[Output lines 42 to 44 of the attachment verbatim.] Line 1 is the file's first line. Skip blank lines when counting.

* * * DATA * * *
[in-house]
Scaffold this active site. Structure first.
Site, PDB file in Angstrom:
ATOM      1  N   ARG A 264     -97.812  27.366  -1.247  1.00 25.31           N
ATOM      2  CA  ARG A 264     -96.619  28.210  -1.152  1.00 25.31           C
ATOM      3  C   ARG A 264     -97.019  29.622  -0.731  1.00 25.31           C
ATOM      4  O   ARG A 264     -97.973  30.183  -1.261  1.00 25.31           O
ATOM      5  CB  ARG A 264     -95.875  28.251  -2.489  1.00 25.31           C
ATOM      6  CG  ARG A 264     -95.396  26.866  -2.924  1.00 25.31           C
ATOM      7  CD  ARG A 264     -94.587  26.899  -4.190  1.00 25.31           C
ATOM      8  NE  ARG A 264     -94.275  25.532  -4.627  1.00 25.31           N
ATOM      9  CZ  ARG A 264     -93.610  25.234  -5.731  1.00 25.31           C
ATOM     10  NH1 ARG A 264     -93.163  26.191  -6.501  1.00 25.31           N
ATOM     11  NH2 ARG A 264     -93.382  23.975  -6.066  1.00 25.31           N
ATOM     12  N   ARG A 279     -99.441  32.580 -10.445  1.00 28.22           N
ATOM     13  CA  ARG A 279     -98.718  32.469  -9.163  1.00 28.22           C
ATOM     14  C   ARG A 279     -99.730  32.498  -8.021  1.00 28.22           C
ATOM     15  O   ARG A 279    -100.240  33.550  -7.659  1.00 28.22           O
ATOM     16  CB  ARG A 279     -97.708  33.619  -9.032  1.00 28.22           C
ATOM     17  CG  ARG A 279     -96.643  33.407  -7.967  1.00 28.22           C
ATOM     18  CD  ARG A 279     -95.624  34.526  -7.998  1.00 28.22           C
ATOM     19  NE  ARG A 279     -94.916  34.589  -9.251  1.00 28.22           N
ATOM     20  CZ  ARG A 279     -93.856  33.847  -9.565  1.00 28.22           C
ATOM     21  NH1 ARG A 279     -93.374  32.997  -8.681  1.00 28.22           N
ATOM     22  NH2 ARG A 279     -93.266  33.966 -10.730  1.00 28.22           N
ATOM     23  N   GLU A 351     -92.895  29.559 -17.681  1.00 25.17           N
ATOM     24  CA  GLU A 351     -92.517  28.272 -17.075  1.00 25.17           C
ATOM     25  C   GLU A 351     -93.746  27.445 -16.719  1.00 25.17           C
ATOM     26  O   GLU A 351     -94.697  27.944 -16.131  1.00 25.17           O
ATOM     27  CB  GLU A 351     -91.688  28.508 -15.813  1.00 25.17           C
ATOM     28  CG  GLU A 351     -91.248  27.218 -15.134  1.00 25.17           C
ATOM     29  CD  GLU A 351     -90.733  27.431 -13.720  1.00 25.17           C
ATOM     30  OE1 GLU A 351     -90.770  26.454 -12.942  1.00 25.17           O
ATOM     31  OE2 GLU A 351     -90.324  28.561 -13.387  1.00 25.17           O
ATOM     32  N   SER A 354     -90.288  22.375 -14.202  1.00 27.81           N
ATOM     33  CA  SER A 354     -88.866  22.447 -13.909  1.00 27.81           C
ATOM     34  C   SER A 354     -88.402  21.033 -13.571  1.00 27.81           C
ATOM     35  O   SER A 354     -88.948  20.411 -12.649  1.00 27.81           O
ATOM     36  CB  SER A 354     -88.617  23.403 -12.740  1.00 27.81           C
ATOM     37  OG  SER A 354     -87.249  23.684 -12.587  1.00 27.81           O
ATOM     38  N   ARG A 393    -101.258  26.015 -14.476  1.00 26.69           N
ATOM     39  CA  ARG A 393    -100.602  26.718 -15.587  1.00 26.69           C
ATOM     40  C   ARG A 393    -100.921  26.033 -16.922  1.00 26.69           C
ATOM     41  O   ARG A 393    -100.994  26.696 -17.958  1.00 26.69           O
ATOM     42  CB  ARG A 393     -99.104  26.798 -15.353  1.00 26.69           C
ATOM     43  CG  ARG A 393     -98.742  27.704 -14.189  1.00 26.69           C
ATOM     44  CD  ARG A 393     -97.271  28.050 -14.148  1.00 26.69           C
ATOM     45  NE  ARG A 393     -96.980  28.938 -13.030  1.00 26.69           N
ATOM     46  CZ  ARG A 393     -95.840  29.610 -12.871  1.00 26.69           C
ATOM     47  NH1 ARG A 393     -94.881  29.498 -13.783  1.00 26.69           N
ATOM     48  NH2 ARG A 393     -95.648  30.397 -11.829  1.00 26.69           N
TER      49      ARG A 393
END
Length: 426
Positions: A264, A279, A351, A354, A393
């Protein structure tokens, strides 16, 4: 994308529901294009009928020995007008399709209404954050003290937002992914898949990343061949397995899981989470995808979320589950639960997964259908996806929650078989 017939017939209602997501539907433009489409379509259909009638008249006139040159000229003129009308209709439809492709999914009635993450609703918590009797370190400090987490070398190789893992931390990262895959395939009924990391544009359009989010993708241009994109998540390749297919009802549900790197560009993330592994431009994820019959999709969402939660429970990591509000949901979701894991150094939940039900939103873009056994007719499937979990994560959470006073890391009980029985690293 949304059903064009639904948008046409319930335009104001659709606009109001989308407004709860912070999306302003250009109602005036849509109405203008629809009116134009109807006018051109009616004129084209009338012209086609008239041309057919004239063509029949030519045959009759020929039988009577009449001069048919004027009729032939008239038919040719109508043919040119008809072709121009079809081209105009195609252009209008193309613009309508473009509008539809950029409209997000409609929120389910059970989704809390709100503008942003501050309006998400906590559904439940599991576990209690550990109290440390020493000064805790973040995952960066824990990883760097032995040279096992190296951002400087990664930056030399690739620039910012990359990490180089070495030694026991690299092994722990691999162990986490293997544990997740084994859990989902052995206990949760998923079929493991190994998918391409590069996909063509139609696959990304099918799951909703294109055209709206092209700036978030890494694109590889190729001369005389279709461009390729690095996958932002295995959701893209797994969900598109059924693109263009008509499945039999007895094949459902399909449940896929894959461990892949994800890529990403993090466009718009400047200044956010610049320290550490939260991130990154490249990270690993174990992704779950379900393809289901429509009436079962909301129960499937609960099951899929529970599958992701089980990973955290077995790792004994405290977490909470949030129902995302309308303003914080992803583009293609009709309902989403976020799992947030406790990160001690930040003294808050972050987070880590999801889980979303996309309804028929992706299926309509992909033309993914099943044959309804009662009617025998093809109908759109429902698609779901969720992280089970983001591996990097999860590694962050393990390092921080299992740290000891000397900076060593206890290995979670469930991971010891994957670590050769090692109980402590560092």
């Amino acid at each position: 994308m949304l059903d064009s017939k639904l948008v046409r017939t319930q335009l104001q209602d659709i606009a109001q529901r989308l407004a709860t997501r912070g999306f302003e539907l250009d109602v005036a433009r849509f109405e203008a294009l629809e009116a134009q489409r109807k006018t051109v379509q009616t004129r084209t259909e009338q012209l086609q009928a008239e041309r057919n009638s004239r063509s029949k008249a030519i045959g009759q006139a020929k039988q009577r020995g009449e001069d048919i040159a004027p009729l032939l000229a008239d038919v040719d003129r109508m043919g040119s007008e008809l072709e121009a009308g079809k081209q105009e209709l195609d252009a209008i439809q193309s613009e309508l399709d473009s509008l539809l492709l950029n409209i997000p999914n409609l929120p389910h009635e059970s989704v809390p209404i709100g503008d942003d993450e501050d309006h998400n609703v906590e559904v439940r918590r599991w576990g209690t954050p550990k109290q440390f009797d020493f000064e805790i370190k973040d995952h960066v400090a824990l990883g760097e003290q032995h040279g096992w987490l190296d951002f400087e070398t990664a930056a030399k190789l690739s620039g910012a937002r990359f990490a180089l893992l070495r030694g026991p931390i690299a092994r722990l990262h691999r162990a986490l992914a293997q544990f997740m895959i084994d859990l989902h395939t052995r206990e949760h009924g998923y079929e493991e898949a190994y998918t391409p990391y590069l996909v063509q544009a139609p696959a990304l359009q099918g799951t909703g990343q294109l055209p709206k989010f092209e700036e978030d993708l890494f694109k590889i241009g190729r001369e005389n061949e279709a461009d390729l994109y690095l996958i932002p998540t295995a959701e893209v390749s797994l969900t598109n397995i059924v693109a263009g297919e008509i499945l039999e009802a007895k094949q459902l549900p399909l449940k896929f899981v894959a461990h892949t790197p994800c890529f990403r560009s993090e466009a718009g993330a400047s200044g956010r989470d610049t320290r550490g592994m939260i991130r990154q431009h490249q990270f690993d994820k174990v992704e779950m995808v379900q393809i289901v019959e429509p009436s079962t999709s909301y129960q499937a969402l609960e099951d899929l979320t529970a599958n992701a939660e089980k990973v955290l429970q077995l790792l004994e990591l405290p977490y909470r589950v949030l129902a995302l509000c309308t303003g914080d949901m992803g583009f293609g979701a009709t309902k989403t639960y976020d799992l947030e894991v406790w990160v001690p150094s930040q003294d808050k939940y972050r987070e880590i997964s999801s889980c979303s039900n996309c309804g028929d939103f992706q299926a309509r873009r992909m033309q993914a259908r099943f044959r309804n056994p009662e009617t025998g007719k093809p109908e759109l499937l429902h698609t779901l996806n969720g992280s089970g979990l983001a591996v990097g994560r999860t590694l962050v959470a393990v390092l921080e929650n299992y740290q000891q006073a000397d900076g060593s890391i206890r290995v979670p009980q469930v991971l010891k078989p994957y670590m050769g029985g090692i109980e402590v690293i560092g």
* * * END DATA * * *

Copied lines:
ATOM     39  CA  ARG A 393    -100.602  26.718 -15.587  1.00 26.69           C
ATOM     40  C   ARG A 393    -100.921  26.033 -16.922  1.00 26.69           C
ATOM     41  O   ARG A 393    -100.994  26.696 -17.958  1.00 26.69           O